It would make our start-of-the-year faculty orientation meetings interesting, anyway

A Muslim cleric thought he’d discovered a loophole in Islamic religious law that would allow the restrictions on Muslim women in the workplace to be loosened.

He said that if a woman fed a male colleague “directly from her breast” at least five times they would establish a family bond and thus be allowed to be alone together at work.

“Breast feeding an adult puts an end to the problem of the private meeting, and does not ban marriage,” he ruled.

“A woman at work can take off the veil or reveal her hair in front of someone whom she breastfed.”

Just when you think the Abrahamic attitude towards women couldn’t get weirder or more demeaning…

To their credit, nobody seems to have taken this fatwa at all seriously, and it has been decreed a bad interpretation of Islamic law. Now they just have to take the next step:

Egypt’s minister of religious affairs, Mahmoud Zaqzouq, has called for future fatwas to “be compatible with logic and human nature”.

I guess that’s an end to all fatwas, then.

A successful protest in Chicago

There was an anti-vaccination rally yesterday in Chicago — boring and silly! What’s more interesting is that Women Thinking Free (a fabulous new organization) had a counter-demonstration. You can read an account or two or three of the event from the rational perspective; it sounds like the anti-vaxers are also anti-science. The rally and anti-rally also made the news, and that’s actually a good account, which plainly states that there is no evidence of a link between autism and vaccination, that Wakefield’s study was flawed, and that Wakefield has had his license to practice medicine revoked.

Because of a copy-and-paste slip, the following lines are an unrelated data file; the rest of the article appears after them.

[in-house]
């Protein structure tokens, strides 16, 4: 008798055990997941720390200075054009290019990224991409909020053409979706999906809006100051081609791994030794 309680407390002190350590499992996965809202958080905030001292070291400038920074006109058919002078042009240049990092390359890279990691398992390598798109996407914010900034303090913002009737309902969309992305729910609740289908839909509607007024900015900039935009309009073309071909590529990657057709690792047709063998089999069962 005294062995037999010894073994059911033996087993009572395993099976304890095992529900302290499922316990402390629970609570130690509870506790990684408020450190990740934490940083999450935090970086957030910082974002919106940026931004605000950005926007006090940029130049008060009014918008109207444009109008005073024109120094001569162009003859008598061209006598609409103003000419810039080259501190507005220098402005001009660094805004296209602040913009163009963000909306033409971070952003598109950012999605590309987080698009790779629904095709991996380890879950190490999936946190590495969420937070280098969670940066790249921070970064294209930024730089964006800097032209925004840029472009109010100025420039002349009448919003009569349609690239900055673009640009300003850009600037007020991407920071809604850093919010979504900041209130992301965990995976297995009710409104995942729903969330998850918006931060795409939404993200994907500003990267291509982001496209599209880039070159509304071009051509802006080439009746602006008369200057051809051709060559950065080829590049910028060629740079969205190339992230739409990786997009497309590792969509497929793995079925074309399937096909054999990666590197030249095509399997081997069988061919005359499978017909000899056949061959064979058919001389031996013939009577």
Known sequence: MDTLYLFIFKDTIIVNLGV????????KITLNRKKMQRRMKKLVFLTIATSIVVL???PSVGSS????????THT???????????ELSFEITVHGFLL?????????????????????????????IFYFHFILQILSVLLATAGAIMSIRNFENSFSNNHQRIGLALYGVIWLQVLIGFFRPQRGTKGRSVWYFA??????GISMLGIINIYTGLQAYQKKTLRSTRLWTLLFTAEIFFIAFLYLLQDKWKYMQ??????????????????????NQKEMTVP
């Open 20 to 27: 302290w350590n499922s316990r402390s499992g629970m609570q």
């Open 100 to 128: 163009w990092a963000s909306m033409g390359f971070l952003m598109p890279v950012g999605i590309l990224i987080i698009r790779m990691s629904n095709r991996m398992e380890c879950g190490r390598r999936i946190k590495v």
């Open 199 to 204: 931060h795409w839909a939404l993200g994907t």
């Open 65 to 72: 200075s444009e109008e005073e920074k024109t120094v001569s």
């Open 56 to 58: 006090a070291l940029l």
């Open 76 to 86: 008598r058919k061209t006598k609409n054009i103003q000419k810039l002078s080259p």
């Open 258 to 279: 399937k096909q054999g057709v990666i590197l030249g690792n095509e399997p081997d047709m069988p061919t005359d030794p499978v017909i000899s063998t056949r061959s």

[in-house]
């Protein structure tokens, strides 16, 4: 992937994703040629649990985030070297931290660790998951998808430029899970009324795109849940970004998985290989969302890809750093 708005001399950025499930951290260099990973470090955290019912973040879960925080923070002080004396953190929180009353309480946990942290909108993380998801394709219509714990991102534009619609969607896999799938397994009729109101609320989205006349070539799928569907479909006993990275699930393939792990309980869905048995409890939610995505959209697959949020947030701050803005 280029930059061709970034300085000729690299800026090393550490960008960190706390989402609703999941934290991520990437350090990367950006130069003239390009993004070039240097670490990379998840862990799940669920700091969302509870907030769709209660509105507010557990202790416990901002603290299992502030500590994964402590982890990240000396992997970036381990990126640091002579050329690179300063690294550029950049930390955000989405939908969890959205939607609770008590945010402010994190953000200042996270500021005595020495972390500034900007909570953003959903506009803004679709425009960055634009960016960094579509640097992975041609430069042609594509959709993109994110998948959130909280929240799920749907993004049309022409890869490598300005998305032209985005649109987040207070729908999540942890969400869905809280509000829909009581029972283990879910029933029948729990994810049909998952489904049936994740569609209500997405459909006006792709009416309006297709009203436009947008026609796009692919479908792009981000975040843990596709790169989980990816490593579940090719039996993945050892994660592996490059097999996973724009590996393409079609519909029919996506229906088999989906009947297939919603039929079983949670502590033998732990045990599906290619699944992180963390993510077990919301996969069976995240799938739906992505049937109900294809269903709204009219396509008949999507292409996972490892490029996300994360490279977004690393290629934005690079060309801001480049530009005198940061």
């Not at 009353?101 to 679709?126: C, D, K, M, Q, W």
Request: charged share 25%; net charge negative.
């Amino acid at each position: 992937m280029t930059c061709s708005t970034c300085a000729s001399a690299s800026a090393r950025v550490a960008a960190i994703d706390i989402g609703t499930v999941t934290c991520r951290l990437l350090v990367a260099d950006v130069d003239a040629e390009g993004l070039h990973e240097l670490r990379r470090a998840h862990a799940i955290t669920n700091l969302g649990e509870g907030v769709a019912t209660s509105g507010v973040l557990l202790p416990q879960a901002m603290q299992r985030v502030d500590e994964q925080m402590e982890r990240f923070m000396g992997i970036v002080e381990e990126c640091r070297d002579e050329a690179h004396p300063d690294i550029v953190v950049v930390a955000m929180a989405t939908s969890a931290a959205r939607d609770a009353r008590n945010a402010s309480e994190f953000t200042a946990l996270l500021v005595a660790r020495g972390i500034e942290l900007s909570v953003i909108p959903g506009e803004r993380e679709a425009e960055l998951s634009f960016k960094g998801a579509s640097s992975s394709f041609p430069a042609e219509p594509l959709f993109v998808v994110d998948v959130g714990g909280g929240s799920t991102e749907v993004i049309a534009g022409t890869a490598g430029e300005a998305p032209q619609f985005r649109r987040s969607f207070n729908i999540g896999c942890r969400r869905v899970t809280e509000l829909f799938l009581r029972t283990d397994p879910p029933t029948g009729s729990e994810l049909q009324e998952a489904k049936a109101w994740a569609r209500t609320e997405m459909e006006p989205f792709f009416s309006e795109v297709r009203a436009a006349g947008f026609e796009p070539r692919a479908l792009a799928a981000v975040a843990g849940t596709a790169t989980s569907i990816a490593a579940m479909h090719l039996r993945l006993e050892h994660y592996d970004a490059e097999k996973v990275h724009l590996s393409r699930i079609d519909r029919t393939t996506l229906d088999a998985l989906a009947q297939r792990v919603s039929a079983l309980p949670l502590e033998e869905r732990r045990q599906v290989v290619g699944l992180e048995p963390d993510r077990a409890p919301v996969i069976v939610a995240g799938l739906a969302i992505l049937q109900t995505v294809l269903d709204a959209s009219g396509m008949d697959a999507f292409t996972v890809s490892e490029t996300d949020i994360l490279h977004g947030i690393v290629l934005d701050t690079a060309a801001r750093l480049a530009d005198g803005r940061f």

I’m troubled by one thing. The theme of the literature the smart people were handing out was “Hug me — I’m vaccinated”, and they’ve got a photo of Wakefield hugging one of the skeptics, which is safe, because they’ve had their shots. But has Wakefield? Has anybody asked him if he’s up to date on his vaccinations?

They might have infected him with skepticism, you know. Or he might have been swarming with kook cooties.

Another courtier speaks up

A couple of years ago, I sat down one morning, bemused by yet another bit of empty apologetics from god’s sycophants, and banged out a short bit of amusement called The Courtier’s Reply. It got picked up everywhere, to my surprise. I mean, seriously, I have to confess that I whipped that out in 20 minutes, no edits or rewrites, just shazam, it’s done. I’m really peeved at myself for anguishing over this book I’m working on, because apparently, all I’ve got to do is get a big glass of root beer, pop some bubblegum in my mouth, put something bubbly and light on the stereo, and once I enter a zen trance, the book will be done tomorrow. I’m going to try that right after this.*